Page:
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March 10, 2022


5 min read

4 actionable tips for developing leaders in your organization

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For many, a position in leadership is often held as the ultimate career end-goal. But how can you, as a people leader, help your employees achieve it? 

While identifying and developing leaders from within a company delivers significant benefits it also poses its challenges, especially in an era when one-job-for-life is no longer the cultural mainstay. Furthermore, today’s workforce landscape is experiencing high rates of voluntary turnover, low employee engagement and lost productivity. That’s why retaining top talent with leadership potential is more important than ever.

Let’s talk about how you can design a leadership development program that enables meaningful learning and growth, so your employees can achieve their ultimate career goals and accelerate your business along the way.


How to develop leaders from within your organization


#1: Identify high-potential employees early on

Getting the right people into leadership begins with identifying those among your current workforce with the qualities, competencies and learning abilities necessary to succeed within a people management or upper-level leadership role. These individuals are often referred to as high-potential employees.

To identify high-potential employees, keep an eye out for characteristics and behaviors such as:

  • Celebrates group success and growth, rather than solely their individual acceleration.


  • Enjoys implementing the latest information into their work and enthusiastically helps others to do the same.


  • Speaks up if something isn’t working and proactively looks for a solution.


  • Invests in their own growth, as well as the growth of the organization. They recognize how their work impacts the company as a whole.


  • Recognizes how their work and attitude impact the team. They strive to motivate others and keep the team productive. 


Employees with these qualities show that they understand how to align personal needs and the needs of the team with greater organizational objectives. They are invested in collective success, rather than solely personal advancement.


#2: Prioritize internal career mobility when possible

It’s no secret that hiring externally is a resource-intensive feat. And although some positions require you to look externally, there are likely many other roles that can be filled through developing existing employees.

In addition to saving time and money on sourcing externally, developing internal talent comes with numerous additional benefits such as increased employee retention and cultivating a stronger company learning culture by reinforcing your commitment to employee growth.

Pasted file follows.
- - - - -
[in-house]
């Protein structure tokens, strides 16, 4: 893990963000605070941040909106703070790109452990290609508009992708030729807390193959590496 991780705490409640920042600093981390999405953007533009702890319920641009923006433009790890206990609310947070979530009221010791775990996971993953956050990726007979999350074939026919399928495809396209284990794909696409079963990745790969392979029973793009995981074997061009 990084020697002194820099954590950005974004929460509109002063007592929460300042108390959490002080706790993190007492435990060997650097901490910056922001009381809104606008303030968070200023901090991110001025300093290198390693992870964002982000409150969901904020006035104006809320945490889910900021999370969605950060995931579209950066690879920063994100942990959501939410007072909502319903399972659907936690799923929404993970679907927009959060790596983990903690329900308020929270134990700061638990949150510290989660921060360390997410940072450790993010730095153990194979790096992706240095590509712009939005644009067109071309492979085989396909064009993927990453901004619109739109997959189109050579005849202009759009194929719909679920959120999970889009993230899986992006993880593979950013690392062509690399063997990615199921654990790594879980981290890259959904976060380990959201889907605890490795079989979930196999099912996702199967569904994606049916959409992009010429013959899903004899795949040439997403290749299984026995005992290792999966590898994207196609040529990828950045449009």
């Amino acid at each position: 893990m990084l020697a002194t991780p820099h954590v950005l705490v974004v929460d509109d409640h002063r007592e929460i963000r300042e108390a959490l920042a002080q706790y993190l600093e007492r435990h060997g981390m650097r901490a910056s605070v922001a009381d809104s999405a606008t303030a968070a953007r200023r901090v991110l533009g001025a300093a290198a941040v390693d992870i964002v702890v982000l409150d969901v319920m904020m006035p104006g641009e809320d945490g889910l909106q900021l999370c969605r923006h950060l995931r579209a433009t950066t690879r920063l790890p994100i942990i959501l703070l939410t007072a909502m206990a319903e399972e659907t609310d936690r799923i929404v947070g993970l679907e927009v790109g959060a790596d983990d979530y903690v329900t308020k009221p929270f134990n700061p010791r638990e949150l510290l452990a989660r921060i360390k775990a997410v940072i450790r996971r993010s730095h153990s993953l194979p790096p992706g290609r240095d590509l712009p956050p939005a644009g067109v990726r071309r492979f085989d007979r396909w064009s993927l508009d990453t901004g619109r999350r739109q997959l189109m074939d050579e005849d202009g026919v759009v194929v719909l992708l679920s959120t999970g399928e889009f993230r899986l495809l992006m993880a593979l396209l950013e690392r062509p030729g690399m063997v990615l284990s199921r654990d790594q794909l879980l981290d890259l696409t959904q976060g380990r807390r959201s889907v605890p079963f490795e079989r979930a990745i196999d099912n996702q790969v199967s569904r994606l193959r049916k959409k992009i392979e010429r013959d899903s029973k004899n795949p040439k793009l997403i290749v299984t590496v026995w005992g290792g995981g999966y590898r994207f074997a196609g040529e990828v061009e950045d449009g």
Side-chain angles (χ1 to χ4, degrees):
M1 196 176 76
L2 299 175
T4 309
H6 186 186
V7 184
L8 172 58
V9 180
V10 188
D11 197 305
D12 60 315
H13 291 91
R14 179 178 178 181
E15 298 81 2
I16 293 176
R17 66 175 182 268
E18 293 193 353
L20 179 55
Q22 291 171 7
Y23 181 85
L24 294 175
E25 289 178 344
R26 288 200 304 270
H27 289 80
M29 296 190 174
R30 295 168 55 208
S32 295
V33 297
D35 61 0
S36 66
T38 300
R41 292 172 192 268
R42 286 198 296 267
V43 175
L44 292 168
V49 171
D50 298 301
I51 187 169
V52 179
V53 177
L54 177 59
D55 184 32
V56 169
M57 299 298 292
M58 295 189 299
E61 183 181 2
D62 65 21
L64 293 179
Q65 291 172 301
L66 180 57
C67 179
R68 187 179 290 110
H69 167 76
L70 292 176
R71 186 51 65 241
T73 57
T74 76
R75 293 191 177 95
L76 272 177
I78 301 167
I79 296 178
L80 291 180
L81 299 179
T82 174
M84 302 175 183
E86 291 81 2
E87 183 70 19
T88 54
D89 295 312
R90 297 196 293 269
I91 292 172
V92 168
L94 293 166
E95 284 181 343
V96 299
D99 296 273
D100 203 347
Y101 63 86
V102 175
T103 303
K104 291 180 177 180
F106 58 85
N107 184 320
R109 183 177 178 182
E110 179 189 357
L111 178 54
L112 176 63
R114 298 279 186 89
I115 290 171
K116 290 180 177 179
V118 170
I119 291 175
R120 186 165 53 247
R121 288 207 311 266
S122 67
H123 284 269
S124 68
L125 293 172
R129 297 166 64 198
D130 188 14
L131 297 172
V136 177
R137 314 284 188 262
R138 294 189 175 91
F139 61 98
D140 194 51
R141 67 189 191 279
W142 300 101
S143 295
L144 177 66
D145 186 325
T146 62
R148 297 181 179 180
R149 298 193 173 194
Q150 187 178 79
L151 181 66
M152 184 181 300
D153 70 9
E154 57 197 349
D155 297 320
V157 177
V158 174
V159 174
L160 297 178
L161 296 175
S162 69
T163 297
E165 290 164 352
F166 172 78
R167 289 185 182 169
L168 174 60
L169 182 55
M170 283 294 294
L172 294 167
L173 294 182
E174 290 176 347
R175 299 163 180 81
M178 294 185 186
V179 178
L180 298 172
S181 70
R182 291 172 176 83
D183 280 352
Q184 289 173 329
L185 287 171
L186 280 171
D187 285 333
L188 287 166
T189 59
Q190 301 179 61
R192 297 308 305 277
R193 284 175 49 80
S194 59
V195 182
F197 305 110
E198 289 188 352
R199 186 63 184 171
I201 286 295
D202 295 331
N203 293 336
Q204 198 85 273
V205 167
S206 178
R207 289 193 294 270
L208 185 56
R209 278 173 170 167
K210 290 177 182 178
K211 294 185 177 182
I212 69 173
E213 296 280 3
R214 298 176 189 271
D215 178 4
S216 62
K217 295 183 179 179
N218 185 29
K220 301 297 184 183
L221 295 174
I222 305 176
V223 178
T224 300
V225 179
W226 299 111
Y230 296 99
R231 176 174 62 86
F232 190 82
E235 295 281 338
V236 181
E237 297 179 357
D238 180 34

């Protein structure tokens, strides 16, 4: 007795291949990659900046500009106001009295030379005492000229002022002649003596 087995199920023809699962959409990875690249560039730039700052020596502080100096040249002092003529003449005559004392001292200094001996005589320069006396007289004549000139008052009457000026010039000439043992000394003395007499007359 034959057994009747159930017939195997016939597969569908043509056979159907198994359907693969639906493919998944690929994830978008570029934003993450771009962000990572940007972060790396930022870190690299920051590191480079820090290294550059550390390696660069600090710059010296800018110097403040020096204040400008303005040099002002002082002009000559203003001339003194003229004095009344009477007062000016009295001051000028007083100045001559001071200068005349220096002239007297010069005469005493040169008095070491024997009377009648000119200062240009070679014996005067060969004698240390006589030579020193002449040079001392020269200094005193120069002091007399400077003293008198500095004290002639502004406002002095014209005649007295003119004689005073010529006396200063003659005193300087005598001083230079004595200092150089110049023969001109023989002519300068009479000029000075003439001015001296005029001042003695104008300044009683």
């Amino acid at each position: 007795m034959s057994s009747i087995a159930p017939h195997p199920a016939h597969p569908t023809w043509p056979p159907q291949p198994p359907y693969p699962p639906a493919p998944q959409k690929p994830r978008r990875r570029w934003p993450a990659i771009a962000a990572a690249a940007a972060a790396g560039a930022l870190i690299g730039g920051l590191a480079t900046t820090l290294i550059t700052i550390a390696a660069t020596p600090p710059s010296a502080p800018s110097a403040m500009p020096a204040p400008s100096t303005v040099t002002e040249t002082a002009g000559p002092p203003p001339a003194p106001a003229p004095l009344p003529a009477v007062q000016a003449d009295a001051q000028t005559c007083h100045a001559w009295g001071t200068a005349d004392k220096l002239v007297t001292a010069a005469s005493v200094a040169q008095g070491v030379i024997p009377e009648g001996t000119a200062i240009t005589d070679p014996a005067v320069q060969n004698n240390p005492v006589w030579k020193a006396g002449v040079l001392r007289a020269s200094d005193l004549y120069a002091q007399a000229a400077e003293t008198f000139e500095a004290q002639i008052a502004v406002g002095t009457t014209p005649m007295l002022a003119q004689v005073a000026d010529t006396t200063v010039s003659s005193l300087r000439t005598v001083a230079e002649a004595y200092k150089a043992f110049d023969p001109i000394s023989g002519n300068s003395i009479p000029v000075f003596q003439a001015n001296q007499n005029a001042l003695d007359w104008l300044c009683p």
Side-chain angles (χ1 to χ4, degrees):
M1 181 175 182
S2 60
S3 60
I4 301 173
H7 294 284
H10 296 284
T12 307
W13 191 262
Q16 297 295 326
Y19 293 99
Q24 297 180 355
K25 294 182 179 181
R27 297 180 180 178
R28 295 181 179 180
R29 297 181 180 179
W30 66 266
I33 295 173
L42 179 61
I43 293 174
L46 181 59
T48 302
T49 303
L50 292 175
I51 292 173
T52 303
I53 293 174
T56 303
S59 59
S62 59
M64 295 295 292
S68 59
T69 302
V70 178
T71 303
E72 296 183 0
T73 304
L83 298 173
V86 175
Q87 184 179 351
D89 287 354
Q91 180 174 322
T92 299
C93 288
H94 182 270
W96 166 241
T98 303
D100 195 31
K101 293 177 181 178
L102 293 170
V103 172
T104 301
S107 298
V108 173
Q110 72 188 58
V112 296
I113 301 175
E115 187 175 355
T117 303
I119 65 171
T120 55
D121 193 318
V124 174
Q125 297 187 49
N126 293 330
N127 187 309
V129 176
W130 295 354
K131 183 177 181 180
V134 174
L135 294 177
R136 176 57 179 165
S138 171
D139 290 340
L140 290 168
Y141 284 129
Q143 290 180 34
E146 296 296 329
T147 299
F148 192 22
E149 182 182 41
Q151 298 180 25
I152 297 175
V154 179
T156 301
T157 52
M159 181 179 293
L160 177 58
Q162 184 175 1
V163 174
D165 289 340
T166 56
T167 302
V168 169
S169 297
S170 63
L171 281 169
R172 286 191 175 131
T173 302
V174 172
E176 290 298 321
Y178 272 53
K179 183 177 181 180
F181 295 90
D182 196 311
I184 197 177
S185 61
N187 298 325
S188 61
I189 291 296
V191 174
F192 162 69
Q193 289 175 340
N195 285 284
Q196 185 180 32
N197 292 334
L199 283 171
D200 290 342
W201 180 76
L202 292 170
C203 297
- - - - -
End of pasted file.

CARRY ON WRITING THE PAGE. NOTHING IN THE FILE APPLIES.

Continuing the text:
Plus, due to the ongoing scarcity of top talent on the market, leveraging internal mobility to redeploy top employees to different teams and departments can help you to address current and impending skills gaps and plan for future roles.


#3: Provide opportunities for continuous reskilling and upskilling 

As with any learning and development (L&D) strategy, leadership development should not be treated as a one-and-done practice. Evolving technology and shifting skills necessitate that you evaluate and update your L&D approach on a near-constant basis. 

Continuous reskilling and upskilling programs enable both existing and newly promoted leaders to maintain relevant skill sets, prioritize their own continuous development and support overall organizational growth. This also allows them to help their teams and direct reports do the same.

While skills development programs look different at every organization, a crucial addition to any program is learning and education. In particular, consider implementing a strategic workforce education to support leadership upskilling and reskilling for both short and long-term skills. 

With this approach, your organization can create custom career education paths that outline the exact skills, credentials and other learning requirements needed to put an employee on the path to a leadership position or move a middle-management team member into a higher position. 


#4: Foster a culture of learning

The value of a strong learning culture cannot be underestimated. From increased employee engagement to skills development and improved retention, there are many reasons why continuous learning is a boost to company culture. An important benefit to add to this list is developing strong leaders. 

The key role of leaders in a robust learning culture is two-fold. First, company investment in leadership L&D contributes to the cultivation of competent leadership. Also, leaders are the primary drivers of a learning culture within an organization as they significantly influence how employees approach learning and skill development.


Empower the leaders of tomorrow

While leaders build the fabric of an organization, it’s clear they need to weave in ways to cultivate future leaders as well. A modern approach to leadership development is a must. Incorporating new learning methods and strategies allow your company to provide effective direction and support, preparing your people to become the next generation of leaders.

Discover how workforce education can help your organization cultivate stronger leaders: Take this 5-question assessment and receive a set of custom resources that show you how workforce education can address your top talent challenges, such as leadership development.